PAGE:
Not all Congregationalists followed this route, however. The Conservative Congregational Christian Conference (CCCC), formed in 1948, brought together evangelical churches who had opted against joining the United Church of Christ because of theological disagreements. The National Association of Congregational Christian Churches (NACCC) provided a home for congregations and individuals who opposed the 1957 merger for polity reasons. Thus the NACCC created a "referendum council", through which individual churches reserved the right to modify any act by a national body.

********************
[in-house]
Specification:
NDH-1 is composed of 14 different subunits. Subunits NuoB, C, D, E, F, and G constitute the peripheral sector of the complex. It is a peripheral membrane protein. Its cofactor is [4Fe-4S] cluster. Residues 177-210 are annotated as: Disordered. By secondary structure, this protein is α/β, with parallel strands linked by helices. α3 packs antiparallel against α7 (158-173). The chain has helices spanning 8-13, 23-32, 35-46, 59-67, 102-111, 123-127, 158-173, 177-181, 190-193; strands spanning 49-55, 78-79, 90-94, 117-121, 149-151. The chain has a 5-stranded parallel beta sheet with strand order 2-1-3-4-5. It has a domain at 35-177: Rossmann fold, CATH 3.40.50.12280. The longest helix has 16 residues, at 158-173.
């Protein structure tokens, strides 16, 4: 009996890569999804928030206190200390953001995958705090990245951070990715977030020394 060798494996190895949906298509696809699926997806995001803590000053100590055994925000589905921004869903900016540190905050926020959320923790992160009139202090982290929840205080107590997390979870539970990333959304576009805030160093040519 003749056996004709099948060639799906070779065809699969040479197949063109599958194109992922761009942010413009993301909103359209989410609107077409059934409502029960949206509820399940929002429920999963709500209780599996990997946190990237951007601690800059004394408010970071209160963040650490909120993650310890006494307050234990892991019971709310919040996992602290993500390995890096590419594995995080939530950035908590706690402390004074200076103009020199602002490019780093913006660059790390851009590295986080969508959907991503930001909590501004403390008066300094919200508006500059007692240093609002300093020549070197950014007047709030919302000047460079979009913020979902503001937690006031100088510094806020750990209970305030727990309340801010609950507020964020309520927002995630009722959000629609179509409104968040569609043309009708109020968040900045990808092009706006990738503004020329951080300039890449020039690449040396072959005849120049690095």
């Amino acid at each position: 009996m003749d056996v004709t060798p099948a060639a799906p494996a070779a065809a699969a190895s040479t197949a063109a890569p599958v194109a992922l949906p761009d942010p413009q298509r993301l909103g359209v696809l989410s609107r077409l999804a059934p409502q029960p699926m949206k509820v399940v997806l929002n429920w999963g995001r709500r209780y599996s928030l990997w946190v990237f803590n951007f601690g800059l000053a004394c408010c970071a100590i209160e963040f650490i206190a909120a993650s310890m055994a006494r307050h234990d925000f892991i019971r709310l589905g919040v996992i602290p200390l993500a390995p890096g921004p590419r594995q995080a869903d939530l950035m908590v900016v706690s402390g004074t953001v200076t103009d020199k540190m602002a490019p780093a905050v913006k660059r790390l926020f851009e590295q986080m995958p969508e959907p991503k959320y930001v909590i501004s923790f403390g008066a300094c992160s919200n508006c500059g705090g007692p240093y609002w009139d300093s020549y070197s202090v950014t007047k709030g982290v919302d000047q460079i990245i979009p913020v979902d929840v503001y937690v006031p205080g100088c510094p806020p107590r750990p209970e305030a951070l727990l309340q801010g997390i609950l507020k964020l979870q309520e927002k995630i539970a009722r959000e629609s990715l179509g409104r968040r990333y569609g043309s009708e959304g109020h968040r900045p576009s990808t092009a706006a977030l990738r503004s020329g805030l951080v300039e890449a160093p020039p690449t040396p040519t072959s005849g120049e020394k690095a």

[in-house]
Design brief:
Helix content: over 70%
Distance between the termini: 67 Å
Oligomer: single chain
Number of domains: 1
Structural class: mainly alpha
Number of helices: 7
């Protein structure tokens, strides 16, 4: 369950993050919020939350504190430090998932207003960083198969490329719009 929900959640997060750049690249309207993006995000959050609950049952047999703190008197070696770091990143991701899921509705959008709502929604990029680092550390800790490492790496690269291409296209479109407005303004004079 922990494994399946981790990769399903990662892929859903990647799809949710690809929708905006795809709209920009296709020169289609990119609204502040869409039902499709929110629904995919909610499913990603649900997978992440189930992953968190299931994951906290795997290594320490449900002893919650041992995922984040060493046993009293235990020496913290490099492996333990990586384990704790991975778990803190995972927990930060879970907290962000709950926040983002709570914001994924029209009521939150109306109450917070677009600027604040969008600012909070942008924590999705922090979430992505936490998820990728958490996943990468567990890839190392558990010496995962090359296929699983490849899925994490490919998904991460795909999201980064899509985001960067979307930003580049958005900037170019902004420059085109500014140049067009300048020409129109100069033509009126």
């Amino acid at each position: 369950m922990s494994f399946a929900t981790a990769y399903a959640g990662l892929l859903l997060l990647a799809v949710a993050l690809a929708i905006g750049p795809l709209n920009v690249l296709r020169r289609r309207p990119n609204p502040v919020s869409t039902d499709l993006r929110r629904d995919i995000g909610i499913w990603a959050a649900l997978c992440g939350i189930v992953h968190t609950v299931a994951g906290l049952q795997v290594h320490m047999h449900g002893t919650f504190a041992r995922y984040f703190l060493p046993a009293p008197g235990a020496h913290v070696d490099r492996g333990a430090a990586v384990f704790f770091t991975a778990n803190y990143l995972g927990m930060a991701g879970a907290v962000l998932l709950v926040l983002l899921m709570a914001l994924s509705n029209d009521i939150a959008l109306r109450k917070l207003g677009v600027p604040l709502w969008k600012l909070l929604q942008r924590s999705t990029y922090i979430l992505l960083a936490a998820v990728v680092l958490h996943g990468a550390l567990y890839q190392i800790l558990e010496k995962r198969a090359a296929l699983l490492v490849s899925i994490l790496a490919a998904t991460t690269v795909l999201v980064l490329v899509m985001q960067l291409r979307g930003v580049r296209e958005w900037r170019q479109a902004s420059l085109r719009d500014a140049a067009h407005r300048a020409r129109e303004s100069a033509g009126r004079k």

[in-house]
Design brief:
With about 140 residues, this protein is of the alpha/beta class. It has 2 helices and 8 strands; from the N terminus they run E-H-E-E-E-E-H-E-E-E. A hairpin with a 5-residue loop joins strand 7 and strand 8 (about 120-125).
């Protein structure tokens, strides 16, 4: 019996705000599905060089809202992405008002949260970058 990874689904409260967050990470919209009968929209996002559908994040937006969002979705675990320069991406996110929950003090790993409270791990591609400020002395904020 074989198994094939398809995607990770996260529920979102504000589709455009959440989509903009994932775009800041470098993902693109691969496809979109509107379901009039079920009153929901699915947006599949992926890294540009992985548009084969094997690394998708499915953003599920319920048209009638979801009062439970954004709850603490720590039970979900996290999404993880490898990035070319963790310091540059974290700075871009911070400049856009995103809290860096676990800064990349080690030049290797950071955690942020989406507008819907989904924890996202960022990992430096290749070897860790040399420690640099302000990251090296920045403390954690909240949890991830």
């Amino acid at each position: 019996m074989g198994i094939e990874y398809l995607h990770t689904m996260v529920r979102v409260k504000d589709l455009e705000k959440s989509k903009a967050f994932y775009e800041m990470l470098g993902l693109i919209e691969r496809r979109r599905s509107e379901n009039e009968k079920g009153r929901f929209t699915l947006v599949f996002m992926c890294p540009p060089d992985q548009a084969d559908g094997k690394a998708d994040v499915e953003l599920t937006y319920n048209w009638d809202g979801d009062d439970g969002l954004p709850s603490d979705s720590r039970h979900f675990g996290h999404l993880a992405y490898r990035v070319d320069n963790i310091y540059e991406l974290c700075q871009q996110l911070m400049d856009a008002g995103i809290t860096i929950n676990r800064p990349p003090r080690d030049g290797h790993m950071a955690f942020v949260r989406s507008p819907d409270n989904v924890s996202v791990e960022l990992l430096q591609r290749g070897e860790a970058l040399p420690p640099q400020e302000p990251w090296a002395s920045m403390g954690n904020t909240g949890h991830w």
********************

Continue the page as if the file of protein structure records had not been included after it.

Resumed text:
In many ways, historical Congregationalism stands at the heart of the American Protestant tradition. The creative tension between individual experience and social witness has been deeply characteristic of the grassroots piety that has undergirded religion in the United States. Congregational wariness toward institutional structures has also been, for good or ill, a prevailing feature of American church life, though it has also allowed room for theological innovation and creative responses to social evils. In American culture, Congregationalists have been among the first to articulate a working relationship between church and state, to promote an educated, engaged citizenship, and Christian mission – in all of the forms this might take – to the wider world.